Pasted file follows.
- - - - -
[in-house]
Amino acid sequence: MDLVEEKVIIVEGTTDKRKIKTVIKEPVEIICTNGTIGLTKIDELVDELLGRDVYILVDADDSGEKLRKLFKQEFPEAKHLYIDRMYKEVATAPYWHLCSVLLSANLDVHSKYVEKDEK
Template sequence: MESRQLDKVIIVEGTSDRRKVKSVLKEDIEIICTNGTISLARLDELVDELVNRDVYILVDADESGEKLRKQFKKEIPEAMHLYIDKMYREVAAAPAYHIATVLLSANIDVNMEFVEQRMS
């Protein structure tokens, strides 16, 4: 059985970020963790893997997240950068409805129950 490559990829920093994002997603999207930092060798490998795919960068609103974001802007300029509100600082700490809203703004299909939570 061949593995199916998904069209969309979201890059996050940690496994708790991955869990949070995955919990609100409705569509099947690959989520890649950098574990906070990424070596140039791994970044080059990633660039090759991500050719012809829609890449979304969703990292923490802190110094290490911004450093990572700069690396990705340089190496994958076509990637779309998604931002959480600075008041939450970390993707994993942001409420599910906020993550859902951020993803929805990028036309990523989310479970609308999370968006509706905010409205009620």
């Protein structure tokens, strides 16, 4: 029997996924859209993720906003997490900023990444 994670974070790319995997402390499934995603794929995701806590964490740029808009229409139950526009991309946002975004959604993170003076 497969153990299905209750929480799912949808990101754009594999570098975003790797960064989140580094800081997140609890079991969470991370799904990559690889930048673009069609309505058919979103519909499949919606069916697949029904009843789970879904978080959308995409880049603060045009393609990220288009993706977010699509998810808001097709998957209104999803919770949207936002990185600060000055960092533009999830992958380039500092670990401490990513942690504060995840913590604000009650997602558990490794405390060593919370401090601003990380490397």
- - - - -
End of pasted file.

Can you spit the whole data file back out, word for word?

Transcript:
[in-house]
Amino acid sequence: MDLVEEKVIIVEGTTDKRKIKTVIKEPVEIICTNGTIGLTKIDELVDELLGRDVYILVDADDSGEKLRKLFKQEFPEAKHLYIDRMYKEVATAPYWHLCSVLLSANLDVHSKYVEKDEK
Template sequence: MESRQLDKVIIVEGTSDRRKVKSVLKEDIEIICTNGTISLARLDELVDELVNRDVYILVDADESGEKLRKQFKKEIPEAMHLYIDKMYREVAAAPAYHIATVLLSANIDVNMEFVEQRMS
């Protein structure tokens, strides 16, 4: 059985970020963790893997997240950068409805129950 490559990829920093994002997603999207930092060798490998795919960068609103974001802007300029509100600082700490809203703004299909939570 061949593995199916998904069209969309979201890059996050940690496994708790991955869990949070995955919990609100409705569509099947690959989520890649950098574990906070990424070596140039791994970044080059990633660039090759991500050719012809829609890449979304969703990292923490802190110094290490911004450093990572700069690396990705340089190496994958076509990637779309998604931002959480600075008041939450970390993707994993942001409420599910906020993550859902951020993803929805990028036309990523989310479970609308999370968006509706905010409205009620």
């Protein structure tokens, strides 16, 4: 029997996924859209993720906003997490900023990444 994670974070790319995997402390499934995603794929995701806590964490740029808009229409139950526009991309946002975004959604993170003076 497969153990299905209750929480799912949808990101754009594999570098975003790797960064989140580094800081997140609890079991969470991370799904990559690889930048673009069609309505058919979103519909499949919606069916697949029904009843789970879904978080959308995409880049603060045009393609990220288009993706977010699509998810808001097709998957209104999803919770949207936002990185600060000055960092533009999830992958380039500092670990401490990513942690504060995840913590604000009650997602558990490794405390060593919370401090601003990380490397």